Why traders constantly retweet

Traders and financial bloggers operate with a herd mentality, alerting each other of danger and opportunity for profit.

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    It can be smart to stay in the middle of a pack and benefit from prevailing trends, guest blogger Joshua M. Bown writes.
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I forget who it was, but a while back a professional journalist made a funny/true statement that was something to the effect of:

"I follow many traders and financial bloggers, it seems that they are very fond of retweeting each other all day long".

Hilarious. And totally true.

But there is a fundamentally sound reason for this noticeable tendency of retweeting in our financial and trader vertical. We are market participants and so, unlike bloggers who are discussing sports, music or fashion, we have a deeply rooted yearning (perhaps a need even) to understand which way the wind blows at all times. This means that to effectively participate in our little ghetto corner of social media, we all must do our part and echo the sentiments of those who have spotted something relevant.

We are a herd.

Try to take the negative connotations of the herd concept and put them aside for a moment. Millions of years of natural selection and specialization have led to the instinctual formation of herds by thousands of species over unfathomable stretches of time and on every single continent on earth. This is no accident, sociobiology explains this all very cleanly.

Let me assure you that the most outlying contrarians are also part of the herd, try as they might to deny it. They may be trailing far behind the herd, venturing out far in front of it or wandering off to the left somewhere, but even the contrarian needs to understand the thinking of the group - how else could he seek to subvert that thinking and trade against it?

One cannot be a market contrarian or fight the herd for long stretches of time; loners don't last and stragglers get eaten. There is a wisdom to spending the majority of one's investing time safely in the middle of the pack and simply benefiting from the prevailing trend.

Experienced traders and investors know that, for the most part, the crowd will outsmart the remnant. Only when a major opportunity presents itself that is hidden from herd does it make sense to fight the trend and strike out alone off the proverbial "beaten path". These sojourns can be immensely profitable or completely ruinous, but that's investing.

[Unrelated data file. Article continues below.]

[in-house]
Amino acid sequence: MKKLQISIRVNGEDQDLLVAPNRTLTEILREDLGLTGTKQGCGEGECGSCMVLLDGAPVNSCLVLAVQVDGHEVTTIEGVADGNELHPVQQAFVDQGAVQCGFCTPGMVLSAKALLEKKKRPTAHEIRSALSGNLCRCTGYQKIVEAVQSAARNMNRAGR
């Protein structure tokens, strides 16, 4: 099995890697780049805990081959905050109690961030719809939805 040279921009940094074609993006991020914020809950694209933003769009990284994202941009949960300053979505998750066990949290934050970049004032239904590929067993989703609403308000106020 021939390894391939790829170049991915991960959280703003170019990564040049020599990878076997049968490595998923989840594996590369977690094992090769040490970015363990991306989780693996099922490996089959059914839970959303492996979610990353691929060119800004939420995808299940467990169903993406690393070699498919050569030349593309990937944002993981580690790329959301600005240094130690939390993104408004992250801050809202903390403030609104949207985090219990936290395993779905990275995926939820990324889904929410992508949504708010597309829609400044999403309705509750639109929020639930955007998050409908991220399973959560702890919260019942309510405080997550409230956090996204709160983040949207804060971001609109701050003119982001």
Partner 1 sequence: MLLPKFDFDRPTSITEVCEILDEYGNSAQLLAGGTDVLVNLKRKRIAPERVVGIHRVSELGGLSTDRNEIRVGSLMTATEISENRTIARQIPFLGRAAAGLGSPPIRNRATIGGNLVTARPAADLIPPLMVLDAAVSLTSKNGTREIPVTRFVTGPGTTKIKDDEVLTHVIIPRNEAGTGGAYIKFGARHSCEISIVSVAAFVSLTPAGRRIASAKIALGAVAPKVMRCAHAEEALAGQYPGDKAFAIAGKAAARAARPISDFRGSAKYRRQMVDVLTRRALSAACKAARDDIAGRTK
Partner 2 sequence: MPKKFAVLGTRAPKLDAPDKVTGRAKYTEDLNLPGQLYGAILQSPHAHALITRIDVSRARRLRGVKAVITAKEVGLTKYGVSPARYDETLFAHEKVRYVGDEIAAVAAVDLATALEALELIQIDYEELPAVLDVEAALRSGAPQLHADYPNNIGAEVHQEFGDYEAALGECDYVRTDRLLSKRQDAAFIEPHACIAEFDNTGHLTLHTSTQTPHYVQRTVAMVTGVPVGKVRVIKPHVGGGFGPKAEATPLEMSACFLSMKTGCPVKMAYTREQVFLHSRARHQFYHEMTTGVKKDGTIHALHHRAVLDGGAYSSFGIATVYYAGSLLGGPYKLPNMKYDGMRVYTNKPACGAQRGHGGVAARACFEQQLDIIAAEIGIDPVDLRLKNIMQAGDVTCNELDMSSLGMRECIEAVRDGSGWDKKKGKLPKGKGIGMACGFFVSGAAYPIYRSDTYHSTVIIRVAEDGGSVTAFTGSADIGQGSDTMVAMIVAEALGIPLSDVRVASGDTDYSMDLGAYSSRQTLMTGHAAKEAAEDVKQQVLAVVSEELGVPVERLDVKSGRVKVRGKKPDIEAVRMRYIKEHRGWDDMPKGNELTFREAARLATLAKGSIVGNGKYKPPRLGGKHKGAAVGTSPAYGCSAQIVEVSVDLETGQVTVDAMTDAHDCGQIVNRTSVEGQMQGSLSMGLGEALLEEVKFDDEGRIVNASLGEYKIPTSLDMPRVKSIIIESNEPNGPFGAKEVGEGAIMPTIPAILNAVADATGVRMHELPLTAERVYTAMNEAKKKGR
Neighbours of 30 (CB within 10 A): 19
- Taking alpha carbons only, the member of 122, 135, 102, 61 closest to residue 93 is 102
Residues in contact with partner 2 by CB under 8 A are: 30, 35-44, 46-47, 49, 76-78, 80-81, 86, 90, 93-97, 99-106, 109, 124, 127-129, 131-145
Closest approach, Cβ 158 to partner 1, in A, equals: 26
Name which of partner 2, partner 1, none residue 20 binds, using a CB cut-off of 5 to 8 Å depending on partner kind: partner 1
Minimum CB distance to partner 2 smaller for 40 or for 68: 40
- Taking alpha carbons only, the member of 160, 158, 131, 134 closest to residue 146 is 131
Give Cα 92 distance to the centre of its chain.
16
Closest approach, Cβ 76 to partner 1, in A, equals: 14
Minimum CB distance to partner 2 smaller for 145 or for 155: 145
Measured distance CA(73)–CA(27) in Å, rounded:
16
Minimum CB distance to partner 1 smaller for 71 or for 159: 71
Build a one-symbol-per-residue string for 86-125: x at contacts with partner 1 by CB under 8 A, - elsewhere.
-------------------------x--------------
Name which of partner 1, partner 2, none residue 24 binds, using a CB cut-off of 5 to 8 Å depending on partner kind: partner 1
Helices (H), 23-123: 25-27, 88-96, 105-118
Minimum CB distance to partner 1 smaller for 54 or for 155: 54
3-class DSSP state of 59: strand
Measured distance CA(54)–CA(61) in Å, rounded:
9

And so like any legitimate herd we have an idiosyncratic means of communicating that may seem excessive to outsiders - the constant retweeting is how we alert each other to signs of danger or the promise of sweet pastureland up ahead. It's how we relay the thoughts and observations of the perspicacious few to the many who may have missed what we believe to be worthwhile

"S&P up 9 out of the last 11 sessions but breadth is weakening," one of us may say. "Yes but the new highs list is still indicating healthy participation across sectors," comes the rapid response of another. And both pieces of intel can be retweeted from one end of the valley to the other so that we all have the chance to digest what this may mean for our own strategies and holdings.

In the herd, we are spotting pockets of opportunity, be they in the form of profits or drinking water. We are looking for signs of potential danger, be they from institutional selling or predatory animals. We are retweeting these observations for all to process with the expectation that they too will pass on their own perceptions for our mutual benefit.

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The Christian Science Monitor has assembled a diverse group of the best economy-related bloggers out there. Our guest bloggers are not employed or directed by the Monitor and the views expressed are the bloggers' own, as is responsibility for the content of their blogs. To contact us about a blogger, click here. To add or view a comment on a guest blog, please go to the blogger's own site by clicking on the link above.

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